Radical innovation solves big problems and alters the way we live, colliding with government polices as the effects ripple across national frontiers. Where do these innovations come from, how do they work, and what policy problems do they cause? This class examines the impact of technical innovation on a global scale. Students learn how innovations in areas such as satellite imaging, global positioning, internet search engines, and pandemic vaccines have a profound impact on foreign policy. Students learn to think about innovation from the standpoint of business managers, government regulators, social entrepreneurs, in very practical terms.
Sample Reading List
- Vipin Gupta, New Satellite Images for Sale
- Steven Levy, Crypto
- Steven Levy, Secret of Googlenomics
- Richard Van Noorden, Buried Trouble
See instructor for complete list
For each class session, students should read the case and reference materials, analyzing the problem situation at hand, exploring the technical context of the innovation, and preparing for the classroom discussion. Some primer notes on are posted on Blackboard.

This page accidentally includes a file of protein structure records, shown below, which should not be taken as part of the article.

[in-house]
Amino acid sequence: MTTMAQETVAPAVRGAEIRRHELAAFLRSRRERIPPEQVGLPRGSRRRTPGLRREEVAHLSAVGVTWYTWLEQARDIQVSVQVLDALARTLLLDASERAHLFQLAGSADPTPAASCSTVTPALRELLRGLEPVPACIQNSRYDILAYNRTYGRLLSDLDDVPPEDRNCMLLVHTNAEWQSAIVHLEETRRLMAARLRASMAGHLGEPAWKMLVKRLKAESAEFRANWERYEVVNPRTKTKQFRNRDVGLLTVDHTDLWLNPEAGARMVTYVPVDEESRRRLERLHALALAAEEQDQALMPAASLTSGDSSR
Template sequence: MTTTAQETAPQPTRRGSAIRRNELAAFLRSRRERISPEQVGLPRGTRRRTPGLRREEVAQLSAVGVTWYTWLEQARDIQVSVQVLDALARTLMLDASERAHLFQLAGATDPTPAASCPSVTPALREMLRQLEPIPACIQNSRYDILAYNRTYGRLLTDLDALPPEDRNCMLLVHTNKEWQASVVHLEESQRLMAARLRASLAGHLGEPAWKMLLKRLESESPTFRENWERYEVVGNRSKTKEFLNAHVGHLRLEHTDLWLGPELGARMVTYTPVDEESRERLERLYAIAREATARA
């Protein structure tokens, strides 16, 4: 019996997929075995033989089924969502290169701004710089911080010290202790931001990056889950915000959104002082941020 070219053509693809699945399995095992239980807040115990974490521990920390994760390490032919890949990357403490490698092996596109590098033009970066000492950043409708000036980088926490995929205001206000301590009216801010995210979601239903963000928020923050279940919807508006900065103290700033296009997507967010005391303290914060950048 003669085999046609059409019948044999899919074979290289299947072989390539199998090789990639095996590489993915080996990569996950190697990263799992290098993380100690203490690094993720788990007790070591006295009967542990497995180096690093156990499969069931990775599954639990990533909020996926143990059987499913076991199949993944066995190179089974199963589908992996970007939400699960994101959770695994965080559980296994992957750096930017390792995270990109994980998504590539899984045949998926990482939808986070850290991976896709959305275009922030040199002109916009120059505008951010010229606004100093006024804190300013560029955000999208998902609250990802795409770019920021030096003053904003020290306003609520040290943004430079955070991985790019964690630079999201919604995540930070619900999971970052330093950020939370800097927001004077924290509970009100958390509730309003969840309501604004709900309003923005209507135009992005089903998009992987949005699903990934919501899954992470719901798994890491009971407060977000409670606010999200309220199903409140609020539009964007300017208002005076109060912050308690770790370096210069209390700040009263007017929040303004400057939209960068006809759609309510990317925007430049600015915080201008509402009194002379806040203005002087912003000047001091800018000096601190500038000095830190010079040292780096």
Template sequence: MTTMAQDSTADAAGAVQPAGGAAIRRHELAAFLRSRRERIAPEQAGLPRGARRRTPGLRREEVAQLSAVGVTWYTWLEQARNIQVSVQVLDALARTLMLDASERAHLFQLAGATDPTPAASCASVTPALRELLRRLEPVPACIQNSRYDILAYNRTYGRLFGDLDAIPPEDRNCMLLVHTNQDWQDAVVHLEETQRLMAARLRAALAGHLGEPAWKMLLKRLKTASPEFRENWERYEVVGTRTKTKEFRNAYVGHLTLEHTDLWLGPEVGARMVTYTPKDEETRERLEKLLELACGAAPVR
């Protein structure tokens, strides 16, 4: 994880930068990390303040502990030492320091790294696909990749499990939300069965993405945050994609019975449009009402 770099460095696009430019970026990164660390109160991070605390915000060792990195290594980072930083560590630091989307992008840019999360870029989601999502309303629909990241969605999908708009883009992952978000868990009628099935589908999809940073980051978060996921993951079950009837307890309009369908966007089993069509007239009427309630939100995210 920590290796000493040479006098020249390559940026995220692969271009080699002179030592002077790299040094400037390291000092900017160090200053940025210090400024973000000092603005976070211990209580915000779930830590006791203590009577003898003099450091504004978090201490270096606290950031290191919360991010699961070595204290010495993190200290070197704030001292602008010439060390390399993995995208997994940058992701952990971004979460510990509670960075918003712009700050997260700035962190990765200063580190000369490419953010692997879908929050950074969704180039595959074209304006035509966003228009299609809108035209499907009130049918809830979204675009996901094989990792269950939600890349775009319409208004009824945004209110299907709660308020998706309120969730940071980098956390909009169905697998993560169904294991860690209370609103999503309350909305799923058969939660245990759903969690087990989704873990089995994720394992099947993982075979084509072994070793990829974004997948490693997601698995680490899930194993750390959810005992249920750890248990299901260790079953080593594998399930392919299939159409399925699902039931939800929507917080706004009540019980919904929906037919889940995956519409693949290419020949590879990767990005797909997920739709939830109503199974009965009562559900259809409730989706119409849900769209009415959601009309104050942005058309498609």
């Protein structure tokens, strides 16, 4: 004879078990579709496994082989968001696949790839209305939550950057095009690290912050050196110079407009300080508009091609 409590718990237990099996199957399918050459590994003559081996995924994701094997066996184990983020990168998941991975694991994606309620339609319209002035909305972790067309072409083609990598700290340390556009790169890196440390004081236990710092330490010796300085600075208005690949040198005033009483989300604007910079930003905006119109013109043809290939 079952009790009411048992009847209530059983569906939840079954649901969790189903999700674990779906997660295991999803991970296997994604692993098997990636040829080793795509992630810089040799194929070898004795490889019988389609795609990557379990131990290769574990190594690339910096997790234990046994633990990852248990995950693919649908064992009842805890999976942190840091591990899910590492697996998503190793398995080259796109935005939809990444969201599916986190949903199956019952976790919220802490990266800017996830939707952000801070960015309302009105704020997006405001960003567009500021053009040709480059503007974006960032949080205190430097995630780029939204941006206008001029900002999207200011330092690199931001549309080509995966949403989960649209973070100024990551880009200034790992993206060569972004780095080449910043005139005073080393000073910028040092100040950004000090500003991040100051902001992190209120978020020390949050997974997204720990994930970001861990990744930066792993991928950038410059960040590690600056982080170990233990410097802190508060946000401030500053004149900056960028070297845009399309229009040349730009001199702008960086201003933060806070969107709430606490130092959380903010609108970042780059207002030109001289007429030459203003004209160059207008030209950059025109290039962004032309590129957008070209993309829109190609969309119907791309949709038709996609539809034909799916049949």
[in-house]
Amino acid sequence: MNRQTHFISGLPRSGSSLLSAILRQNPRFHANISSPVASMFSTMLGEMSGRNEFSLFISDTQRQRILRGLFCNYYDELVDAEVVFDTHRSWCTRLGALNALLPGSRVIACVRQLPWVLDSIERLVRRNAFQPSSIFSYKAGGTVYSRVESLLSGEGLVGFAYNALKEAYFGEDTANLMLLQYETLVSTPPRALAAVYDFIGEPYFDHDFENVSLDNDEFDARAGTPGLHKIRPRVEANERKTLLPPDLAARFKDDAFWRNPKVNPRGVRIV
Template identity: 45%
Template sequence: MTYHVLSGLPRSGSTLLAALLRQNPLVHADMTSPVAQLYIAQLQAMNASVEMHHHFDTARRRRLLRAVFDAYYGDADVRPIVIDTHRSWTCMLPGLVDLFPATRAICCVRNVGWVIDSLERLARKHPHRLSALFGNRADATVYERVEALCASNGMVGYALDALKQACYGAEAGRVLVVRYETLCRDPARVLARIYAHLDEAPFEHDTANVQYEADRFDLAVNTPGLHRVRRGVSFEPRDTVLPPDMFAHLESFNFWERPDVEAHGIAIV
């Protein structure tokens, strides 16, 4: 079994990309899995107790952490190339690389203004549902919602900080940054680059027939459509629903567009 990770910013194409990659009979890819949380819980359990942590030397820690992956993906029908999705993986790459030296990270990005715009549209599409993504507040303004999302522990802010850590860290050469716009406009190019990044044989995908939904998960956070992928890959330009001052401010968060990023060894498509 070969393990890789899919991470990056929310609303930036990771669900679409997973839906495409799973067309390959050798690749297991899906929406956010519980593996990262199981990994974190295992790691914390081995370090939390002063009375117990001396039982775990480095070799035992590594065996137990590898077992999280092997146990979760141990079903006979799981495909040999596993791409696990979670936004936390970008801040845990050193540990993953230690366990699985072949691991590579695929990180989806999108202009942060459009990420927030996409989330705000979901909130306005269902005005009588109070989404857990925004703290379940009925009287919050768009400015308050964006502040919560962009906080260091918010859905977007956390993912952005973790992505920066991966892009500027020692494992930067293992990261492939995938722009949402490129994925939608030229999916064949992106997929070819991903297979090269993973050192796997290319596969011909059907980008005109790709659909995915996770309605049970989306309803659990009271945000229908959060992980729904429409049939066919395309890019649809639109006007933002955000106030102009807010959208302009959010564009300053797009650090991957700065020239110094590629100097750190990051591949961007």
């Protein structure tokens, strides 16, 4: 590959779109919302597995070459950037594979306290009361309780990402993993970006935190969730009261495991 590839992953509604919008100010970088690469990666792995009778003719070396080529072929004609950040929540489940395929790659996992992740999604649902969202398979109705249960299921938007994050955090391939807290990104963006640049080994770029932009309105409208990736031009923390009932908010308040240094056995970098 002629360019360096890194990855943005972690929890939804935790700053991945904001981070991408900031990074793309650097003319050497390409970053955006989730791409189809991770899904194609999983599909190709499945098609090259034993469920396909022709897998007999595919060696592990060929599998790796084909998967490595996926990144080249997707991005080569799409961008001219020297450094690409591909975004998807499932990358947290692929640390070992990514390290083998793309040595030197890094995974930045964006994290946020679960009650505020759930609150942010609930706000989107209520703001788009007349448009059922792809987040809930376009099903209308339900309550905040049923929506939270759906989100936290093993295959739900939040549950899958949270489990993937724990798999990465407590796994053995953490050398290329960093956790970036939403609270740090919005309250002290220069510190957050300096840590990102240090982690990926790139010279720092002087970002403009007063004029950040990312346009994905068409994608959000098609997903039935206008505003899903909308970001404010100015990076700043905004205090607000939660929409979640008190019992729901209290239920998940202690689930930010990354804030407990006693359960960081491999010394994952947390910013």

- Papers - 10%
- Term Paper(s) - 40%
- Class/Precept Participation - 30%
- Other (See Instructor) - 20%
Not Open to Freshmen.
Prerequisites and Restrictions
A background in engineering, computer science, or the life sciences is helpful but certainly not required.
All cases and most reading materials are posted in electronic format on Blackboard, which is also used to administer the course. Students should take care to read the case itself and the required readings for each class; each case has optional background readings for the student to sample as a matter of personal curiosity or research interest.